MOORLACH UPDATE — SB 32 and Propositions — September 18, 2016

There was plenty of Senate Floor debate over SB 32. After listening to a few too many speeches, I decided to weigh in (see

SB 32 was on the top of my end-of-Session bills worthy of a veto (see MOORLACH UPDATE — 2016 Veto Worthy Bills — September 12, 2016 September 12, 2016 John Moorlach). But, it was one of the first bills that Gov. Brown signed. And he did it with pomp and flair down here in Southern California on September 8th.

All I asked for was a little balance. Why aren’t we addressing the major issues directly facing the State of California? Why doesn’t Sacramento have the same fervor for what it should be fixing, like its Balance Sheet? See MOORLACH UPDATE — Budget Hearings — May 14, 2016 May 14, 2016May 14, 2016 John Moorlach.

We have a range of issues to address, and placing so much emphasis on global warming is either spending too much time on a shiny object, an abdication on fiscal responsibilities, or an intentional ignoring of the facts in hopes that they take care of themselves. Neither of these is an appropriate management technique.

If Sacramento places too much of a burden on our business sector, then the last straw may have arrived. And businesses will continue to flee and workers will have fewer employment opportunities and housing prices will fall and you know the rest. I shared my thoughts in the OC Register‘s Commentary section in the editorial below.


Misplaced priorities in state Capitol

By John Moorlach

When I was elected to represent the people of the 37th Senate District in Sacramento, I resolved to fix the things we could fix — the things that we must fix in order for California to have a prosperous future.

What I have observed is that there is an ongoing efort by many in Sacramento to fix the things we cannot, while ignoring the major issues that afect the lives of every single Californian, not only in my district but throughout this great state.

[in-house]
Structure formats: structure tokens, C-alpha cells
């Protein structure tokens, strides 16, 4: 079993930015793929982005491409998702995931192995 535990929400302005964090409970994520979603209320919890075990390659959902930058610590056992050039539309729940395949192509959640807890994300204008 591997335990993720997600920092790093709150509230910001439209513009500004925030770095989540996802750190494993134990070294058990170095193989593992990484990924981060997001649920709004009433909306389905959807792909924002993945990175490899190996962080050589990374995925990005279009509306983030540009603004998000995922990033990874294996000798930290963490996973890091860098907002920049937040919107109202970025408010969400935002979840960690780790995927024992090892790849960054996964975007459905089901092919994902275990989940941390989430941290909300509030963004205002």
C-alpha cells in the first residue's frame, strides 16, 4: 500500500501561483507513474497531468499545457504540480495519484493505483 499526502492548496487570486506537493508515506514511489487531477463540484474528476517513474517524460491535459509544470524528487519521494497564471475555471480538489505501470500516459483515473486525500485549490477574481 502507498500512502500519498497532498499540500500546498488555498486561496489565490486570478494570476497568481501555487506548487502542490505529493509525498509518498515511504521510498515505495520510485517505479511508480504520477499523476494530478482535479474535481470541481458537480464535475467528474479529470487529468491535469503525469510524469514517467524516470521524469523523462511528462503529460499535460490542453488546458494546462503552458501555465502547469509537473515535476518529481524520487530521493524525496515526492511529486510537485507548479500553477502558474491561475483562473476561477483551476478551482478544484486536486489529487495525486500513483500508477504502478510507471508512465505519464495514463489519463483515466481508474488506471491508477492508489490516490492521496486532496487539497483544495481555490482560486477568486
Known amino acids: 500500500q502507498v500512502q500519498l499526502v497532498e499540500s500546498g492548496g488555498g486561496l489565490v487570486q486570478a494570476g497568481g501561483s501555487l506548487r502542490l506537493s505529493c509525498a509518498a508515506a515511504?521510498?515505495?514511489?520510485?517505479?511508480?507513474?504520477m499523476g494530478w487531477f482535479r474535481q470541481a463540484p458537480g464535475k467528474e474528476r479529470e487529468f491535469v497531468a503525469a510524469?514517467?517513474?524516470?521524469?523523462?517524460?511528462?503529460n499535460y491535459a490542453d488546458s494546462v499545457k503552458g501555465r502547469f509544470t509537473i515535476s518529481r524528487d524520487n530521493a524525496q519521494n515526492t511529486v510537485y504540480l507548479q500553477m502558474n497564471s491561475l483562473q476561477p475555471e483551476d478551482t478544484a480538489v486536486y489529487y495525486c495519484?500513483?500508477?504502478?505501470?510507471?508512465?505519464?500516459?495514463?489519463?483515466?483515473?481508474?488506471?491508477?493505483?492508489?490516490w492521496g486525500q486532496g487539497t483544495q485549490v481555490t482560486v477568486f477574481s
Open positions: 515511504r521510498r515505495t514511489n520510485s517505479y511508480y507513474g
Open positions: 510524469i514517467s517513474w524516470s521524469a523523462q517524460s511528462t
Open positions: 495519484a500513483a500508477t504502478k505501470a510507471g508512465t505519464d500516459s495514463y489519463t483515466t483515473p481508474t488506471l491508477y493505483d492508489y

Recently, the state Legislature approved Senate Bill 32, a bill that takes aim at global warming by requiring California to reduce greenhouse gas emissions to at least 40 percent below 1990 levels by the year 2030.

This sounds like a worthy goal, but it’s a goal that is going to cost every California resident and business more money from their pockets. California’s contribution to greenhouse gas emissions is approximately 1 percent of the worldwide total. So, no matter how much California tightens its belt when it comes to reducing emissions, the fact is that the state’s global impact is next to nothing.

Many in Sacramento patted themselves on the back for passing a bill they believe will save the world. Meanwhile, my constituents are concerned with the more pressing issues — like California’s ticking time bomb, the public employee pension system. Or our retiree medical costs. Nationwide, California claims the top prize as having the largest unfunded liabilities for both, and continues to be the least economically competitive state in the nation.

And what about the mass exodus of businesses? Almost 9,000 of them, over the last seven years, have chosen to leave California and operate out of state. You’ll find many of them in Texas.

My colleagues engaged in a passionate debate about global warming and the need for California to be the world leader on the issue, but where is the dialogue about fixing California’s balance sheet, which carries the largest unrestricted net deficit in the United States?

What this state desperately needs is balance and restraint, not more feel-good legislation and disconnects. Once the high of SB32 wears of, will the Legislature address the gorilla in the room? California must stop mortgaging its future and prepare for the next economic recession. Even Gov. Jerry Brown warned it’s coming.